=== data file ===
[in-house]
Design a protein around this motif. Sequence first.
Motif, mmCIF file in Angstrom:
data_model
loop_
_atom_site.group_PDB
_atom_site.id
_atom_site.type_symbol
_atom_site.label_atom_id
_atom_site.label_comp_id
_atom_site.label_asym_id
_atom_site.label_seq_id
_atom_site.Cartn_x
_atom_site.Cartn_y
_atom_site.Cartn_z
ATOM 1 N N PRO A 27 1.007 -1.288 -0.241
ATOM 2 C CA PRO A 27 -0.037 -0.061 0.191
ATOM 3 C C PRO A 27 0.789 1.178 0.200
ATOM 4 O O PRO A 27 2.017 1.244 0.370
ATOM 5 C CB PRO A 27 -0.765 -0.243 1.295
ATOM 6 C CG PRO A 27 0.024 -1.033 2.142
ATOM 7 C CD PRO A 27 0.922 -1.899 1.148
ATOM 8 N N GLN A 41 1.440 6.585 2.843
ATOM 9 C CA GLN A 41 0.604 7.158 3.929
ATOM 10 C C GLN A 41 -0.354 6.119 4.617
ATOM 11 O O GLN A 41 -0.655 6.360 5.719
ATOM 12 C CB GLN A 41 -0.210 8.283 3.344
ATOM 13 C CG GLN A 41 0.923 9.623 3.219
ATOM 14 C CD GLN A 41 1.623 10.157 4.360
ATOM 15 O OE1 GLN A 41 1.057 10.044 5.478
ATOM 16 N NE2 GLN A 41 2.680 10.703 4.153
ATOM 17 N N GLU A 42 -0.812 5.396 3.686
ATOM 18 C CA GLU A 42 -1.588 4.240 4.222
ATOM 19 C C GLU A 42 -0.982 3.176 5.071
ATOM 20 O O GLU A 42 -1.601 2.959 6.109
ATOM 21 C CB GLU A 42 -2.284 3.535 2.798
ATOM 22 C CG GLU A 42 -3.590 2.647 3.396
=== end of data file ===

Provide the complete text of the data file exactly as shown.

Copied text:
[in-house]
Design a protein around this motif. Sequence first.
Motif, mmCIF file in Angstrom:
data_model
loop_
_atom_site.group_PDB
_atom_site.id
_atom_site.type_symbol
_atom_site.label_atom_id
_atom_site.label_comp_id
_atom_site.label_asym_id
_atom_site.label_seq_id
_atom_site.Cartn_x
_atom_site.Cartn_y
_atom_site.Cartn_z
ATOM 1 N N PRO A 27 1.007 -1.288 -0.241
ATOM 2 C CA PRO A 27 -0.037 -0.061 0.191
ATOM 3 C C PRO A 27 0.789 1.178 0.200
ATOM 4 O O PRO A 27 2.017 1.244 0.370
ATOM 5 C CB PRO A 27 -0.765 -0.243 1.295
ATOM 6 C CG PRO A 27 0.024 -1.033 2.142
ATOM 7 C CD PRO A 27 0.922 -1.899 1.148
ATOM 8 N N GLN A 41 1.440 6.585 2.843
ATOM 9 C CA GLN A 41 0.604 7.158 3.929
ATOM 10 C C GLN A 41 -0.354 6.119 4.617
ATOM 11 O O GLN A 41 -0.655 6.360 5.719
ATOM 12 C CB GLN A 41 -0.210 8.283 3.344
ATOM 13 C CG GLN A 41 0.923 9.623 3.219
ATOM 14 C CD GLN A 41 1.623 10.157 4.360
ATOM 15 O OE1 GLN A 41 1.057 10.044 5.478
ATOM 16 N NE2 GLN A 41 2.680 10.703 4.153
ATOM 17 N N GLU A 42 -0.812 5.396 3.686
ATOM 18 C CA GLU A 42 -1.588 4.240 4.222
ATOM 19 C C GLU A 42 -0.982 3.176 5.071
ATOM 20 O O GLU A 42 -1.601 2.959 6.109
ATOM 21 C CB GLU A 42 -2.284 3.535 2.798
ATOM 22 C CG GLU A 42 -3.590 2.647 3.396